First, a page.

Unless, that is, he had an agenda, one that didn’t necessarily have anything to do with “protecting The Shield” . . . or whatever Goodell’s objective is.Deflated football

1944 technology

The NFL is so high tech now that you can forget how primitive things used to be. So here’s a reminder: a screen shot of Bears assistant Luke Johnsos, phone pressed to his ear, giving instructions to the bench during a 1944 game against the Cleveland Rams at Wrigley Field.

Johnsos isn’t sitting in a coaches box, either. He’s perched in the front row of the upper deck. To his left is a Navy man, presumably on leave. Behind him is a fan consulting what appears to be a game program. (In 1944, when most of the league was away at war — and teams were suiting up anybody with four working limbs — you definitely couldn’t tell the players without a program.)

Johnsos was one of the first “press-box coaches,” as they were called (because they were sometimes seated among the newspaper guys). But the practice goes at least as far back as the 1934 title game between the Giants and Bears – the famed Sneakers Game. In its story the next day, The New York Times reported:

With Lou Little, Columbia’s coach, sitting up in the stands and phoning to the bench, Steve Owen directing down there and [Ken] Strong playing one of the greatest games any back has turned in, the Giants came back to win.

Assistant coach Luke Johnsos supplying the Bears sideline with intelligence in 1944.

Assistant coach Luke Johnsos supplying the Bears sideline with intelligence in 1944.

Sources: YouTube, pro-football-reference.com

Intra-division coaching moves

There are no non-compete clauses in NFL coaching contracts. If a coach gets fired and wants to take a job with another team in the same division — or even if he doesn’t get fired (see: Bill Parcells) — he’s free to do so. And so we have the Jets getting rid of Rex Ryan, and Ryan moving on to Buffalo, where he’ll have the chance to torment his old employer twice a year.

This is a rare happening in pro football, especially since there wasn’t any Cooling-Off Period — no season or two as a defensive coordinator, no tour of duty as a TV talking head — before Ryan got another head-coaching gig. He’s jumping right back in the saddle . . . in the AFC East. Don’t you just love it?

According to my research, there have been only six coaching moves like Ryan’s in NFL history — four in the modern era (since 1960), two in the early days. And get this: The four most recent ones all have been in the AFC East. (Or should we start calling it The Division of Eternal Intrigue?) This isn’t, moreover, the first time the Bills have been involved in such a switch, and it isn’t the Jets’ maiden voyage, either. The details:

● Rex Ryan, Jets to Bills, 2015.

Record with Jets (2009-14): 50-52 overall, 4-2 playoffs. High point(s): Lost AFC title games in 2009 (30-17 to Colts) and ’10 (24-19 to Steelers).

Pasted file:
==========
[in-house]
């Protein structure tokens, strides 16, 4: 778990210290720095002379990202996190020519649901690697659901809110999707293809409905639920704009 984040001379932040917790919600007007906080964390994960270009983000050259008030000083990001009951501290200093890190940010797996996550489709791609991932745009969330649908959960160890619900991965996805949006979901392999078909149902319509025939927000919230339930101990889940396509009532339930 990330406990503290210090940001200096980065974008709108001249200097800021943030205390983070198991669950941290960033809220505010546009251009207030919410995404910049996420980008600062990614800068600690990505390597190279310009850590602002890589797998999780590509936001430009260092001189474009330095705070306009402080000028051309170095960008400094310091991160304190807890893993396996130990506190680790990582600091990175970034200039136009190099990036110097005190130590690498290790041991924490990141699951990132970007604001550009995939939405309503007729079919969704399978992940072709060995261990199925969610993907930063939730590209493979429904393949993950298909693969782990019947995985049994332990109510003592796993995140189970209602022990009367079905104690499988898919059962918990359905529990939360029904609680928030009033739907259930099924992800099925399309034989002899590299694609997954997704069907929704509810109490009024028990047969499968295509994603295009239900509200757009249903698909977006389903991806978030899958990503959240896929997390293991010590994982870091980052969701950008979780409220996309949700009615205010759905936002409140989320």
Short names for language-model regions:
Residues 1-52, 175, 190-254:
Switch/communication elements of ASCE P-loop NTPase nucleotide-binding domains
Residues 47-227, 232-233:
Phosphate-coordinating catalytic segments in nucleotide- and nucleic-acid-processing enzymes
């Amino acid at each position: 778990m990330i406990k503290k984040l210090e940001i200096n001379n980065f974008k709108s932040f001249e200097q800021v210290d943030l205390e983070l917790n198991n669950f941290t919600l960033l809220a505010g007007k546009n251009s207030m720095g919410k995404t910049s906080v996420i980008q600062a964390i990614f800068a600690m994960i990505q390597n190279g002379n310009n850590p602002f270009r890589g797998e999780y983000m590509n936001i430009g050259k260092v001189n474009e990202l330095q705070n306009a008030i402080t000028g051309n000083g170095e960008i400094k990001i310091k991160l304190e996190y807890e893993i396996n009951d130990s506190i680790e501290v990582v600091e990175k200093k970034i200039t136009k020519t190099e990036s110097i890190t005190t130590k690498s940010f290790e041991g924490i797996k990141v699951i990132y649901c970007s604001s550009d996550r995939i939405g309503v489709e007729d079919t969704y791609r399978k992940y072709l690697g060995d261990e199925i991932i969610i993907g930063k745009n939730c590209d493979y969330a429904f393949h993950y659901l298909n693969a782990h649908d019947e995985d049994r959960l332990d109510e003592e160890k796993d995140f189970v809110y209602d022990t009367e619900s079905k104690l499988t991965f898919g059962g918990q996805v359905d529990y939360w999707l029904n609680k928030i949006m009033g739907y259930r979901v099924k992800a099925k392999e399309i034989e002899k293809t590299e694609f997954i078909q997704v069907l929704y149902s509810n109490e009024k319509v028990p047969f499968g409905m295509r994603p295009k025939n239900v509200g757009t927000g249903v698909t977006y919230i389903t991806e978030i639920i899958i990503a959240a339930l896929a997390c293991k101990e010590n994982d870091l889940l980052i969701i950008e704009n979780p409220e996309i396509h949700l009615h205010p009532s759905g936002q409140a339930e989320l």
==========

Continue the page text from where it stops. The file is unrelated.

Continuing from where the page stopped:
Comment: Ryan was 7-5 vs. Buffalo in his six seasons with the Jets, so for that reason alone it’s a good hire, right? Plus, he gets to continue his blood feud with the Patriots’ Bill Belichick, and that’s always entertaining.

● Bill Parcells, Patriots to Jets, 1997.

Record with Patriots (1993-96): 34-34 overall, 2-2 playoffs. High point: Lost Super Bowl 31 to Packers, 35-21.

Record with Jets (1997-99): 30-20 overall, 1-1 playoffs, 4-2 vs. Patriots. High point: Lost 1998 AFC title game to Broncos, 23-10.

Comment: This was one of the messier exits, with jilted New England owner Bob Kraft demanding compensation and getting it (including a No. 1 pick). Even Parcells has come to regret his decision. The Patriots, after all, were young and ready to win big. But Kraft wasn’t the man who’d hired him (previous owner James Orthwein was), so it was easier to bail out at the end of his four-year deal.

The Colts let this guy leave. Oops.

Three years earlier, the Colts let this guy leave. Oops.

● Don Shula, Colts to Dolphins, 1970.

Record with Colts (1963-69): 73-26-4 overall, 2-3 playoffs. High points(s): Lost 1964 title game to Browns, 27-0. Lost Super Bowl III to Jets, 16-7 (after beating Cleveland, 34-0, for NFL championship).

Record with Dolphins (1970-95): 274-147-2 overall, 17-14 playoffs, 36-17 vs. Colts. High point(s): Went to five more Super Bowls and won two, the first of which capped a perfect season (17-0) — still the only one in the NFL’s 95 years. Blanked Baltimore 21-0 in the 1971 AFC title game.

Comment: This might have been the last shot fired in the NFL-AFL war. The two leagues merged in 1970, with the Colts, Steelers and Browns joining the AFC to balance the conferences (that is, give each of them 13 clubs). Baltimore was reassigned from the NFL Coastal Division to the AFC East. But before the season began, Dolphins owner Joe Robbie lured Shula to Miami by giving him a piece of the franchise and the coach-general manager title.